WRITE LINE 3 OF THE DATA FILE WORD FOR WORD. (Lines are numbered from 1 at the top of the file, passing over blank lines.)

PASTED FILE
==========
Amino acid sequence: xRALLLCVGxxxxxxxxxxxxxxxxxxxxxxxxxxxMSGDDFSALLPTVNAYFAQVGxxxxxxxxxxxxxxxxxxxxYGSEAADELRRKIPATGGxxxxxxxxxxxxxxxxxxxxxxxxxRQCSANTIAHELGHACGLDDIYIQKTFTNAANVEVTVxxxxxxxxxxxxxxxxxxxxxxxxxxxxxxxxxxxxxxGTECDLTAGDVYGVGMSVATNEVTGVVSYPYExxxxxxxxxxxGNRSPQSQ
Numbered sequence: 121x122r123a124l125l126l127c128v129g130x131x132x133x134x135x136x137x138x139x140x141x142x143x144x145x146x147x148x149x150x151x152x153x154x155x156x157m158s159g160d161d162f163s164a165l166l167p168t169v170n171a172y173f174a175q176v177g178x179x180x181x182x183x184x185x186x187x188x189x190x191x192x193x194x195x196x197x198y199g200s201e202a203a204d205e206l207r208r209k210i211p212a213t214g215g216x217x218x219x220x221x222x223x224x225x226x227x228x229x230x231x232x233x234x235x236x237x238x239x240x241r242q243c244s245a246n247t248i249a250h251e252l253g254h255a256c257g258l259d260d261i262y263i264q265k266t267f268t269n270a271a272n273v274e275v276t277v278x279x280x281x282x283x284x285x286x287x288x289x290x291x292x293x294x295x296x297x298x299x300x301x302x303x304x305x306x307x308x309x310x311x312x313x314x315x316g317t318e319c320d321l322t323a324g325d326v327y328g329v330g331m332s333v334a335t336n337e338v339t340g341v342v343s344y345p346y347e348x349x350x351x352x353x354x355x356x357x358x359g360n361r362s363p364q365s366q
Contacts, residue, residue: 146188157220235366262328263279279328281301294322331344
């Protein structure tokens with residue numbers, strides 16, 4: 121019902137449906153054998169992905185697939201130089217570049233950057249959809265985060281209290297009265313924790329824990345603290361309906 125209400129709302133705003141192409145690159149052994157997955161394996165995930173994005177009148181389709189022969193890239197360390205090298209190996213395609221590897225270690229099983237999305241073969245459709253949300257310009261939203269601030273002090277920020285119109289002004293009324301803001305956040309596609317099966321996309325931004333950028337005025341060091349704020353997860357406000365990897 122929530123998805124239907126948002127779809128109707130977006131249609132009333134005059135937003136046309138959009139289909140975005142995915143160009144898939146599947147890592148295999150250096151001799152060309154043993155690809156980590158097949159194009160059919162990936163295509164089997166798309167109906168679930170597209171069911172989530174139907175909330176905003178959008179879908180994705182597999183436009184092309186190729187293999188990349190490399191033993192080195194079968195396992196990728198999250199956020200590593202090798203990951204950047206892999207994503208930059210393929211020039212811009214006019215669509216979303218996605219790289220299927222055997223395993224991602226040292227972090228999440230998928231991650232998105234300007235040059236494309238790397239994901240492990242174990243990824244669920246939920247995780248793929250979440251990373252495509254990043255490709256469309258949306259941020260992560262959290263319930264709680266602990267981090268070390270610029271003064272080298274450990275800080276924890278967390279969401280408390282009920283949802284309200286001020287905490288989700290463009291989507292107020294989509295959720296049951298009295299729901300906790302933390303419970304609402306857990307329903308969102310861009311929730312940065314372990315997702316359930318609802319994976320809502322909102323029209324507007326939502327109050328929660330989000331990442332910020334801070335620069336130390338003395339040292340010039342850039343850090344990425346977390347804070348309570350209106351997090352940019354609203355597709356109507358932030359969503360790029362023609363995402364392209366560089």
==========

Contacts, residue, residue: 146188157220235366262328263279279328281301294322331344